Gates of Andaron attempts to quell the melancholy of grinding by incorporating a questing system to justify the madness, and while it works for the first 20 or so levels, the game just gets too repetitious and boring for its own good. Killing enemies that look identical will get old, going to the same NPCs for quests will become burdensome, and small bugs that kill the enjoyment of the game will crop up all too often.
Longevity and Re-Playability 7/10
Most MMOs have a lot of content, and Gates of Andaron is no exception. I played the game for about a month, and I was able to get my Archer to level 35, but the level cap is currently at 76. Iberia is a vast land, and there are plenty of things to keep you occupied. The questing system will hold your interest for a while, but it does get pretty stale before too long, and grinding your way to the next level may or may not be to your liking.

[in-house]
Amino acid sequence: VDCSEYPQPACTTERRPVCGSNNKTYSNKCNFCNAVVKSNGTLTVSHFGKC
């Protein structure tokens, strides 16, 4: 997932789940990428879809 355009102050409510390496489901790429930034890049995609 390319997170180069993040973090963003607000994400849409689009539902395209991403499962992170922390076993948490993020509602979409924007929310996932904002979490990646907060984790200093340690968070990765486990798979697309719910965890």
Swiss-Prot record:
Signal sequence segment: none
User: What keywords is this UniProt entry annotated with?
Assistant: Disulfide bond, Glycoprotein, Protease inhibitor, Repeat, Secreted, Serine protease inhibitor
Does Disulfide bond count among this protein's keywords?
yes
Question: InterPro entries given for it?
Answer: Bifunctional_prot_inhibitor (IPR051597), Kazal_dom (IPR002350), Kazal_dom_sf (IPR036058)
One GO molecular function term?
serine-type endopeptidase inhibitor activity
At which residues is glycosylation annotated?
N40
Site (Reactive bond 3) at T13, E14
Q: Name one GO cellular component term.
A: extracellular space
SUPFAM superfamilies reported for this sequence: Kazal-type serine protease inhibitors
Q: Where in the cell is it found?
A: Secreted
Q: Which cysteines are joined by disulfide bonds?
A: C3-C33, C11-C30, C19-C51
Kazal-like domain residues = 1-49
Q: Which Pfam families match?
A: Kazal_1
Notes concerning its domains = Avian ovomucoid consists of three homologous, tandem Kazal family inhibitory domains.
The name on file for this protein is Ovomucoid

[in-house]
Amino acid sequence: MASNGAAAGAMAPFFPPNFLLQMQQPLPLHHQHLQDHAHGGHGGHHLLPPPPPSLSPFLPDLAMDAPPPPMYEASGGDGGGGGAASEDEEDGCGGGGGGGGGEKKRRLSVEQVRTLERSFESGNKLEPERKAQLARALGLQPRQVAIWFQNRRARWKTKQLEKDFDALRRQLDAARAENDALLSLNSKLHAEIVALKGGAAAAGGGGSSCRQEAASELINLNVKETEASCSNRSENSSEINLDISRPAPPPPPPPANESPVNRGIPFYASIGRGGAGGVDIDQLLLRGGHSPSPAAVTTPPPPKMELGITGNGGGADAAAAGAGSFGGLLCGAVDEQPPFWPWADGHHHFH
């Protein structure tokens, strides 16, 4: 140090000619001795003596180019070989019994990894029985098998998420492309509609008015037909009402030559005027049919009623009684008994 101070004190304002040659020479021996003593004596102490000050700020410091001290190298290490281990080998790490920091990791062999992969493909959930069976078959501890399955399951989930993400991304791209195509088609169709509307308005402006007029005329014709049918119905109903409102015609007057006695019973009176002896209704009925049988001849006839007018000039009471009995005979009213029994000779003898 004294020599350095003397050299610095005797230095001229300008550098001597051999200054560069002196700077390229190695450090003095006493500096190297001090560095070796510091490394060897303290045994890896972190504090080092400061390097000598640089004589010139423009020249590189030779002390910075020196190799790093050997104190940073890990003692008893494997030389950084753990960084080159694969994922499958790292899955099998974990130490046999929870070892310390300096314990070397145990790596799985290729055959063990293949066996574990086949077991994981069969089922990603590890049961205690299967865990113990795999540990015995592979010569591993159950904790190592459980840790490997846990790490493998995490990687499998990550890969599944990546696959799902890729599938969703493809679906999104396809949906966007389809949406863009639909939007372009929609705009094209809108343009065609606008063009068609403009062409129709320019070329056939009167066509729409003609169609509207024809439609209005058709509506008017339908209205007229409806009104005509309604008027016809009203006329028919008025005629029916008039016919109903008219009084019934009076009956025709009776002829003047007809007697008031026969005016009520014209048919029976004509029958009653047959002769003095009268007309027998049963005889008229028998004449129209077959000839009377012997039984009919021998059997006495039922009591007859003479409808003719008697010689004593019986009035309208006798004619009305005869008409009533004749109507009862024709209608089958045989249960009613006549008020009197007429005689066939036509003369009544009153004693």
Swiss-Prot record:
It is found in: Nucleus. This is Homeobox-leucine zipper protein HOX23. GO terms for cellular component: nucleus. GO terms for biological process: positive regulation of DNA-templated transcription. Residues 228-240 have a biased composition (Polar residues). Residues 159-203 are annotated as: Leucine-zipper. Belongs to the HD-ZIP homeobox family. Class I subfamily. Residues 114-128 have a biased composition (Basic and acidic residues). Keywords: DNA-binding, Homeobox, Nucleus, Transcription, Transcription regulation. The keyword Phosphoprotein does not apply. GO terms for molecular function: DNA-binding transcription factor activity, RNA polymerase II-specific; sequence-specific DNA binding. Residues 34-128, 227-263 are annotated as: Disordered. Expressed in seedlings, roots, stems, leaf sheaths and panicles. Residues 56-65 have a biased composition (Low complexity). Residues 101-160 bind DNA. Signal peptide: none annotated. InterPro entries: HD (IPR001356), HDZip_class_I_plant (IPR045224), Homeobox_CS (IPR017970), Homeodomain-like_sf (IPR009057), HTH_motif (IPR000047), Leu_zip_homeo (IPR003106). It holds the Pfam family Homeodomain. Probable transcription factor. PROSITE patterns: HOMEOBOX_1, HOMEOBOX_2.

If you are looking for a free game that is similar to WOW, then you should give Gates of Andaron a try. It's not as polished as WOW, and there are not as many people playing it, but it mirrors the questing system from WOW to an acceptable degree, and has lots of driving factors that will keep you playing. Just keep in mind that the game gets much more demanding the higher your level gets, and the community is not exactly the most friendly you are going to find in an online game.
There is a lack of credible online information for Gates of Andaron, and I hope that I was at least able to shed some light on the game, and convey whether or not Gates of Andaron might be a game for you to try. Either way, I would recommend giving the game a try. It may not be perfect, but it's free, and it won't cost you more than your precious time. Unless you willingly decide to invest in the Cash Shop.
Reviewer's Rating: 3.0 - Fair
Originally Posted: 11/20/09, Updated 11/24/09
Game Release: Gates of Andaron (US, 07/28/09)